"If your fantasy is a drive-in movie or a secluded lover's leap," advises the video, you had best rent Lover's Leap"--a room with a bed inside a maroon 1973 Oldsmobile Delta '88 Royale convertible. A cement wall rings the room; painted above is a crude cityscape--a vain attempt to create the effect of being at the local hilltop make-out spot. (Asked if Lover's Leap seemed to connote suicide, and wouldn't Lover's Lane be more apt, the tour-guide feigned deafness.) An actual picnic bench with actual carvings of love--"JS & LN 4EVR"--serves as the table, and the entryway boasts photo-print wallpaper of yellow birches, to create the sense of woods. A television lounge is papered in the same print, and offers for viewing comfort, oddly enough, a '70s colonial lounge chair and love seat set on one side, incongruous to all but satyr couch potatoes. A woman with red curly hair and the bluish skin of an office job has been clinically evaluating each love nest. She stands in Lover's Leap, arms akimbo, and says: "This does it for me." Her mustachioed companion nods.

           Exhaustion is already setting in; and the FantaSuites are too copious to see on one tour. Rooms we miss include the Log Cabin, which the brochure says includes a screen-door, Moby Dick which has a "whaling boat queen sized waterbed, TV built into a captain's treasure chest, and tiled whirlpool inside a whale's mouth," Pharaoh's Chambers with a "sarcophagus waterbed," Space Odyssey with "Re-creation [sic] of a Gemini Space Capsule... [and] 'moon crater' whirlpool," and, crowning them all, Cinderella wherein, the Suite Suite Magic Video Tour, assures us "Fairy tales do come true, in a FantaSuite." We finish the tour and leave through the generic, fantasy-free lobby assured of this fact. Fairy tales do come true. It could happen to you... *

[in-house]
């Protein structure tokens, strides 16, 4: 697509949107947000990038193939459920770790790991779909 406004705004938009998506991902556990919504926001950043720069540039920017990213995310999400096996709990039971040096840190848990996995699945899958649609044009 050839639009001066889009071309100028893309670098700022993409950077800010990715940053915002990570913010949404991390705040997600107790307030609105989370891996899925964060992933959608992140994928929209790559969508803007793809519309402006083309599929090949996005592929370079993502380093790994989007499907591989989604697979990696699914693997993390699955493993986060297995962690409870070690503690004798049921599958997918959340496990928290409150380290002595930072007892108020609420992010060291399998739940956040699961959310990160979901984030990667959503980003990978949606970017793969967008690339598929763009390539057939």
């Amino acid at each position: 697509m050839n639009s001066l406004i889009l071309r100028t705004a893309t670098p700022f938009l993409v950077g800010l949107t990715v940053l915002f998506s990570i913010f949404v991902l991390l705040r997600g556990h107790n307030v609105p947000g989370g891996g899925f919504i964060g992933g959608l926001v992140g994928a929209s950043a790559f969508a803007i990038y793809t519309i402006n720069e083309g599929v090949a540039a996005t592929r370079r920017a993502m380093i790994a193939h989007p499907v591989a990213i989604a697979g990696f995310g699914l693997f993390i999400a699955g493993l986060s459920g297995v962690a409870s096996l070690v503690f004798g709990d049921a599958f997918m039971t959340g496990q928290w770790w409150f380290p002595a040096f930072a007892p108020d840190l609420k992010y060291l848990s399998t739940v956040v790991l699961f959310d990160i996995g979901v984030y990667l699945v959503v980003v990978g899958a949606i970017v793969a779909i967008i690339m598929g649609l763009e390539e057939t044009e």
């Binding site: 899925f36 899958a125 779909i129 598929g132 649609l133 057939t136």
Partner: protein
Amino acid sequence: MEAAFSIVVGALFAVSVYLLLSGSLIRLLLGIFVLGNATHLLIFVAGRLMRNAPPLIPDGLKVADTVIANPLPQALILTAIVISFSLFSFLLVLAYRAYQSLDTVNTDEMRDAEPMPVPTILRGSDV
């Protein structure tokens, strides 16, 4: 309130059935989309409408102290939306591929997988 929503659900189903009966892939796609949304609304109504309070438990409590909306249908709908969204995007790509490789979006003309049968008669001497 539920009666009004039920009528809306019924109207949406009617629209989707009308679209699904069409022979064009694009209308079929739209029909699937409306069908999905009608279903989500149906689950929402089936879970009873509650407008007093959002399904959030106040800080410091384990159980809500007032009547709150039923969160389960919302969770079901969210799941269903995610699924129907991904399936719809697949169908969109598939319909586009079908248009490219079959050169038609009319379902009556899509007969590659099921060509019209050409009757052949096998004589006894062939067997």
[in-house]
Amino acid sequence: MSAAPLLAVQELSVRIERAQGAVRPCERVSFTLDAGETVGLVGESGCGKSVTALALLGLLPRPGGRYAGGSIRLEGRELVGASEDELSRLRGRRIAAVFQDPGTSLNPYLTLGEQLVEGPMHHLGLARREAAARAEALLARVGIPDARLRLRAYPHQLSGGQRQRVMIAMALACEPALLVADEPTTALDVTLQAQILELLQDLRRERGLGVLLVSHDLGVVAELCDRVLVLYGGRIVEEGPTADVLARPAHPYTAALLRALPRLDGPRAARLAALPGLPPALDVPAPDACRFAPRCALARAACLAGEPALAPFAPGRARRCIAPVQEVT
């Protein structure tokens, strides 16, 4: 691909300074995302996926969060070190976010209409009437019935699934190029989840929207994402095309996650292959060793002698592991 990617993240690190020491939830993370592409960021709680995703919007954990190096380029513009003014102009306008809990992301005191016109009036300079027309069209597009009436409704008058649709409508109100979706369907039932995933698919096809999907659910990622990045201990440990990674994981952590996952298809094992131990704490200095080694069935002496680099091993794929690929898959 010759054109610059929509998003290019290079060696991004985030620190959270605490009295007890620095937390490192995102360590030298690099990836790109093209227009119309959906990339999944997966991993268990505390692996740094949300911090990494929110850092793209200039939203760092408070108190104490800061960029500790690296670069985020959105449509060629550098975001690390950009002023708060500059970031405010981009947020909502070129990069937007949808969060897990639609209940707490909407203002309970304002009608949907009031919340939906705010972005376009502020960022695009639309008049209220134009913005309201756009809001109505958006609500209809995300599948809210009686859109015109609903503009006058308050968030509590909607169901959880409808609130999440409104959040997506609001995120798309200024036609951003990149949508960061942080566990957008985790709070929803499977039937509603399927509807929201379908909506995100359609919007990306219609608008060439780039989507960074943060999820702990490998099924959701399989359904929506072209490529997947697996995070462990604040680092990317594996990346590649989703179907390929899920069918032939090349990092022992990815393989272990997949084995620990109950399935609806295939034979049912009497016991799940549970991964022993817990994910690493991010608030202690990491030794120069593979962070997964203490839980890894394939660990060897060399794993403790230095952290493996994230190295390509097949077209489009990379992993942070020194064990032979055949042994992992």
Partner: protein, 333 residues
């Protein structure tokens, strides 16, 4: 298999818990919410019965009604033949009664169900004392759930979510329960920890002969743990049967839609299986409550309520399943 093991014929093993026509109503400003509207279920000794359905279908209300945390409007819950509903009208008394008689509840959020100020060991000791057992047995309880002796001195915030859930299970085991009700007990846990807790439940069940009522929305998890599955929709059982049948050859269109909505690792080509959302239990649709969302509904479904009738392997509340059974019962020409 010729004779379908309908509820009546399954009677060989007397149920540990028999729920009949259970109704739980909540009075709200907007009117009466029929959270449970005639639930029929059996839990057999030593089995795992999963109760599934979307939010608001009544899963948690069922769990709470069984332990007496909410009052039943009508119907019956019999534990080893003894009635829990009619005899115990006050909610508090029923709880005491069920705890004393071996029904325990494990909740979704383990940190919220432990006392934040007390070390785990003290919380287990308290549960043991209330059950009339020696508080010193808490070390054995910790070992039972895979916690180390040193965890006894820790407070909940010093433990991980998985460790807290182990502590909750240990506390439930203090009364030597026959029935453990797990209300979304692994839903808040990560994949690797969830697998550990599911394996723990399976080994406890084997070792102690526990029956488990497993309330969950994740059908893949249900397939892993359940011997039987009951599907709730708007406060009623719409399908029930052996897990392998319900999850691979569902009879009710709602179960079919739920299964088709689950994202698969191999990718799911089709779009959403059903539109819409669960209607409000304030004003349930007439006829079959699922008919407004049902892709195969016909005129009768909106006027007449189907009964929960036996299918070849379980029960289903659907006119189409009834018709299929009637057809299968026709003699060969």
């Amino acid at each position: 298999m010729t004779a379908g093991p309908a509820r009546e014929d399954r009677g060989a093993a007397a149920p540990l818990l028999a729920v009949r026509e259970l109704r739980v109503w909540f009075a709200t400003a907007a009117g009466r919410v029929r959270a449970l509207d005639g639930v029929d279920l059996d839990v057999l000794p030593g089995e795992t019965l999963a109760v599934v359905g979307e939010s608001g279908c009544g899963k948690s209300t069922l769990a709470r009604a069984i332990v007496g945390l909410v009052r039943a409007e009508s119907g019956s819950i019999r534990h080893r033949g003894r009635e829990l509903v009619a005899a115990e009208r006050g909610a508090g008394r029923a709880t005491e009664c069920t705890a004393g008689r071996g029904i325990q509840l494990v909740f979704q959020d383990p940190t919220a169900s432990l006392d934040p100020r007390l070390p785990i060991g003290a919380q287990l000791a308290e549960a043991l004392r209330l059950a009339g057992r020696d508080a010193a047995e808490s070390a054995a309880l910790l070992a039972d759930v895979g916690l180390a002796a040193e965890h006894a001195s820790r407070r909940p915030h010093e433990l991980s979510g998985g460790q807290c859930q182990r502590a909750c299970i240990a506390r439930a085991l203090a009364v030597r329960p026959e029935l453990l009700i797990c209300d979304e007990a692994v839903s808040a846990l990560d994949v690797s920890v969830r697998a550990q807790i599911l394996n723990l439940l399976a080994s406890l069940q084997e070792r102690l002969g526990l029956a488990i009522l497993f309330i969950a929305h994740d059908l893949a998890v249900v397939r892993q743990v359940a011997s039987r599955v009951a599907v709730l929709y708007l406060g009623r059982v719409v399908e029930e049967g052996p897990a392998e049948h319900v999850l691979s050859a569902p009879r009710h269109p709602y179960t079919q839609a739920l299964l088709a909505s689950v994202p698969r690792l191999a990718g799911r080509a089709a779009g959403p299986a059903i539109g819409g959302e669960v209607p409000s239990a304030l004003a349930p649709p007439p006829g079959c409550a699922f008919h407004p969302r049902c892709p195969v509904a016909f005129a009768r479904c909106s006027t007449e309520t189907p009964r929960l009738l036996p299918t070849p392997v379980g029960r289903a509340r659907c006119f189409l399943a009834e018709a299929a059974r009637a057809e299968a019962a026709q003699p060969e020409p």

--Dara Moskowitz


           When the Great American Novel died, so did the clear path of the Great American Writer: the first novel (a thinly disguised autobiography) written in blood, the second novel scribbled on envelopes during a tour of duty, the third typed in a bowery flop-house--all that is gone. These days, authors are more prone to grant writing than anything else. Once again, we turn to the Minnesota State Arts Board for our examples. The following, word for word, are rejected applications for money to finish what probably won't be the next GREAT AMERICAN NOVEL:

           "During the fellowship period, I plan on completing a novel about man's search for God."

           "In 1984, at age 42, I embarked on a project which has been consuming me ever since: the writing of a bilingual memoir in French and English, chronicling some of the zigs and zags of my jagged itinerary through radically diverse social milieus... So far, this writing project has cost me my marriage and also quite likely my health... Next to go will probably be my sanity, unless I bring this monstrous endeavor to a close, hopefully during summer '95. This double book is my life's work. It has exhausted me. When I am finished, I will take a long, perhaps permanent, break from writing."


           I am a writer.

           And I reflect that my life is a little like Pooh Bear (A.A. Milne) whose foot Christopher Robin clutches at the top of the stairs."

           "Fellowship plans are always very hard to do because six thousand dollars does not go very far these days. I had a big, elaborate idea for this this afternoon, but my kids, who I have to parent all day while my wife works, were screaming and jumping all over me and I realized that I am never going to get this book finished unless they are both in daycare in the afternoons. Some of the money at least will have to go for that. The rest will have to be assigned to loss of income while I take off time to complete this monster of a novel that has been begging to get finished for years. I just want some time to work in peace. Six thousand dollars would help considerably. Thank you."